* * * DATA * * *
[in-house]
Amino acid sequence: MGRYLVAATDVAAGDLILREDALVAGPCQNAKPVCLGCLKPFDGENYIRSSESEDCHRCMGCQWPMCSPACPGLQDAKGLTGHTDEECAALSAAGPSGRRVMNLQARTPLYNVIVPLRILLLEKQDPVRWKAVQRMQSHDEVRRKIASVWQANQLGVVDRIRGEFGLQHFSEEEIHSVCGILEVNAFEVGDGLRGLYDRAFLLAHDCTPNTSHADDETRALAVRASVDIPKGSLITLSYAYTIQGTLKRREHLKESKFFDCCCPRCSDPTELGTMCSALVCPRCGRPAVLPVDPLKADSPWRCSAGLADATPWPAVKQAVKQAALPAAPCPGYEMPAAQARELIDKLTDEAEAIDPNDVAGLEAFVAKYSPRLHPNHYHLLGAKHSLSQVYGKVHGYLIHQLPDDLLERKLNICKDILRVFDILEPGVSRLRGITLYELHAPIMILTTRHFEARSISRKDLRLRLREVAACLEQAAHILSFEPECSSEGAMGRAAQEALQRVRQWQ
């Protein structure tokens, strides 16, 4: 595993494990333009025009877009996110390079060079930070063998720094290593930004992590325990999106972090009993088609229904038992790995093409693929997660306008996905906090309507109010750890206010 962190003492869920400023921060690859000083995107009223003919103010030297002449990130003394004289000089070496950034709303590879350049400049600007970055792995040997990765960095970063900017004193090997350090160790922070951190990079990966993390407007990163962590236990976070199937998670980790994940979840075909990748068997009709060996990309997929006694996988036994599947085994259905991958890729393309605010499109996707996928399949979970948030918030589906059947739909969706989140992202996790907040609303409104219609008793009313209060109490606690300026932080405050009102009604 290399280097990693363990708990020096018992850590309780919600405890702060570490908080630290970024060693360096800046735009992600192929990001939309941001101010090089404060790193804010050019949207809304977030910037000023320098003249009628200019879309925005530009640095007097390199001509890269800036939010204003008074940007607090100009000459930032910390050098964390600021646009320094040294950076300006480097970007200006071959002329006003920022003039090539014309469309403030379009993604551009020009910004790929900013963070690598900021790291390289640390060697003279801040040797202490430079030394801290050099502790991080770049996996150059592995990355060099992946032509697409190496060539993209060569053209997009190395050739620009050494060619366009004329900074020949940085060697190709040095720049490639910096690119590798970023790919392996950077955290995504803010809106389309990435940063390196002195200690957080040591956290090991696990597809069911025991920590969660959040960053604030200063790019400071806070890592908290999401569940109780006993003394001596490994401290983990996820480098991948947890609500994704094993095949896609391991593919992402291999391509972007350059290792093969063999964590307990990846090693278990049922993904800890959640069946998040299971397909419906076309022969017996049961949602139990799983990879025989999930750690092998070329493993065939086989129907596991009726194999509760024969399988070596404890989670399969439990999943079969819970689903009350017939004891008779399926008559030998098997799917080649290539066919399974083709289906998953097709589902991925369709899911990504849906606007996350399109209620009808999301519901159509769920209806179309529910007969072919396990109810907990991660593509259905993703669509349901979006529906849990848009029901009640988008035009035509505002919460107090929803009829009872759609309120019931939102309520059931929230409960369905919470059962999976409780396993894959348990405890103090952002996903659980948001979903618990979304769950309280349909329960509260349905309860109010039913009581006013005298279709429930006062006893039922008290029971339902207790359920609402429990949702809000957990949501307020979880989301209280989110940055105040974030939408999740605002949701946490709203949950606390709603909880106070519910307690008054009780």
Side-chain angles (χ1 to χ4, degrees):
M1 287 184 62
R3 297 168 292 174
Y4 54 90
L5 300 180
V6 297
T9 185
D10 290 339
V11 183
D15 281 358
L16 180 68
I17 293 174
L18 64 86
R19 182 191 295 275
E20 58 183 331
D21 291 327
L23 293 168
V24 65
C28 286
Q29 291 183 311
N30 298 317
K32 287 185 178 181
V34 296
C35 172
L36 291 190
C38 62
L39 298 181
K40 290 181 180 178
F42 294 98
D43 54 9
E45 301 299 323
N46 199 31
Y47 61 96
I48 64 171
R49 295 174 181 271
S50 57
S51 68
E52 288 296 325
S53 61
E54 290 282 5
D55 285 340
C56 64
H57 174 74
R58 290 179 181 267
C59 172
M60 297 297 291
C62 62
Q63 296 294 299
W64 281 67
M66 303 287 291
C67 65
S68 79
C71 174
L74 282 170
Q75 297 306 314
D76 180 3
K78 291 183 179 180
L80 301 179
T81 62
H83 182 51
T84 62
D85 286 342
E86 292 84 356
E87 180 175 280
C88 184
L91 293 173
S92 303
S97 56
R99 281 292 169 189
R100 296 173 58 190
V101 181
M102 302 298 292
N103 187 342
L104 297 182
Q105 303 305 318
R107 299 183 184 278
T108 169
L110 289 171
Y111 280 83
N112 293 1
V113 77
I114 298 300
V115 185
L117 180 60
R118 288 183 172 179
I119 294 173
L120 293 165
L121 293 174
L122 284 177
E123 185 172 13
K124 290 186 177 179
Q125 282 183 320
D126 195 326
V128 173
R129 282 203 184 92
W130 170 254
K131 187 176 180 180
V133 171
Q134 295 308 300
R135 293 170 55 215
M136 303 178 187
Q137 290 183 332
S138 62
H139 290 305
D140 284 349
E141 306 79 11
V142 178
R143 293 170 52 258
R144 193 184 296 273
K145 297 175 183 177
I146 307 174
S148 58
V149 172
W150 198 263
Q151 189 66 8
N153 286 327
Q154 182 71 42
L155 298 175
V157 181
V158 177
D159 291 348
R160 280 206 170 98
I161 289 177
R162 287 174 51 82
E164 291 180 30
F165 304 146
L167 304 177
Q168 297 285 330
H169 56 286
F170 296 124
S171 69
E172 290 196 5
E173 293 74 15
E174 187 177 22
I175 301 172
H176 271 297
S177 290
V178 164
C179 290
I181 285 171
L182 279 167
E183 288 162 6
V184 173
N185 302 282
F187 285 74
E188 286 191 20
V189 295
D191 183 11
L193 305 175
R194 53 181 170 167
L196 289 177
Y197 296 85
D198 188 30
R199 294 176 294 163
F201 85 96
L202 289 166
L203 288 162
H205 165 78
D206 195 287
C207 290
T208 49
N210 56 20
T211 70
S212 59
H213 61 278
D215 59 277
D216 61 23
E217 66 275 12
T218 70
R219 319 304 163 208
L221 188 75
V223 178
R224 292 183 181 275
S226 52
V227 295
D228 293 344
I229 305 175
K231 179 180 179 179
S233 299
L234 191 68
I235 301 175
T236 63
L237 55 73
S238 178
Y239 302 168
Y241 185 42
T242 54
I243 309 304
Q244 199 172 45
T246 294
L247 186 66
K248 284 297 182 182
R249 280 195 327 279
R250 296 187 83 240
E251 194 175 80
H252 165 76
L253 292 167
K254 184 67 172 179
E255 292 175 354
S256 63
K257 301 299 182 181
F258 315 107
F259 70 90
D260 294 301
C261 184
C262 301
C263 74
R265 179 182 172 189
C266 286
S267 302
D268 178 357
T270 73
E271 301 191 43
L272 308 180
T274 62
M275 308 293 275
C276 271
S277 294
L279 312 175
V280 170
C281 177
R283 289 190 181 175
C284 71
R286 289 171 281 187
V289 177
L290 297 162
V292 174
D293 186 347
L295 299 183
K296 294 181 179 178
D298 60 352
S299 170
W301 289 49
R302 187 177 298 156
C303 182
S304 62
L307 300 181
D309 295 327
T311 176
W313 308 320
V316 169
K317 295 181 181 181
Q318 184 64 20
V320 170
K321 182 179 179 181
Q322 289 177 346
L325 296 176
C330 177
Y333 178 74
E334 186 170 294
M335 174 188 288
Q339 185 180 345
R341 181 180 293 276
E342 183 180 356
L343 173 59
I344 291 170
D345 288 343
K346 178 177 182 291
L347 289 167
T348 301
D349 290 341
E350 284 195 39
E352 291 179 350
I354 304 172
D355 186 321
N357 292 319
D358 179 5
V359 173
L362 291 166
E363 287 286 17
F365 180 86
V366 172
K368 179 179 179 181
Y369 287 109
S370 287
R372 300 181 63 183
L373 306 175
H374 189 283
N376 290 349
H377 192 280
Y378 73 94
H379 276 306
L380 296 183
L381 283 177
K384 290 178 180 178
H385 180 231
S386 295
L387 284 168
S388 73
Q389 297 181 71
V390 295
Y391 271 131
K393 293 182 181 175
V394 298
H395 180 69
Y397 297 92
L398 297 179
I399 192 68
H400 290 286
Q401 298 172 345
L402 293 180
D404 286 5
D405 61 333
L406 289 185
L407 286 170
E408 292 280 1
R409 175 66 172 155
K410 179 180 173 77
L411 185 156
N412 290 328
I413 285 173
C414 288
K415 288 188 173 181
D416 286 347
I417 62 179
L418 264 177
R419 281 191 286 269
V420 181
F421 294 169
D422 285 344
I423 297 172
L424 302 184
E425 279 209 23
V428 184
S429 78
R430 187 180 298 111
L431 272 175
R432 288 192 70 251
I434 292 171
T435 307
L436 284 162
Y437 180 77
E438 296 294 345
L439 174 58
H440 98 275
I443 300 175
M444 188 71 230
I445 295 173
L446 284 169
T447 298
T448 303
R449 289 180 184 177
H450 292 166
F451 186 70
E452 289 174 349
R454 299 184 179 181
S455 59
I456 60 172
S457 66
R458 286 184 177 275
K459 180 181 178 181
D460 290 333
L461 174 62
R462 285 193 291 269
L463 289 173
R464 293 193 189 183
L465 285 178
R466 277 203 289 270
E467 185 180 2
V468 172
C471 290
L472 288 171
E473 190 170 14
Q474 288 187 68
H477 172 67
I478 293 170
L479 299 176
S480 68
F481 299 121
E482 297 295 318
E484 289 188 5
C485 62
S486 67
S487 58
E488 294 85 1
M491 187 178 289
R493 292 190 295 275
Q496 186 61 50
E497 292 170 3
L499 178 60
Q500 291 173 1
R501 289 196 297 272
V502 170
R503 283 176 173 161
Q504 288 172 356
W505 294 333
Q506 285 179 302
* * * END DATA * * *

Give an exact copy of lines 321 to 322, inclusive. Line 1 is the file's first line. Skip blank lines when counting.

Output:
V420 181
F421 294 169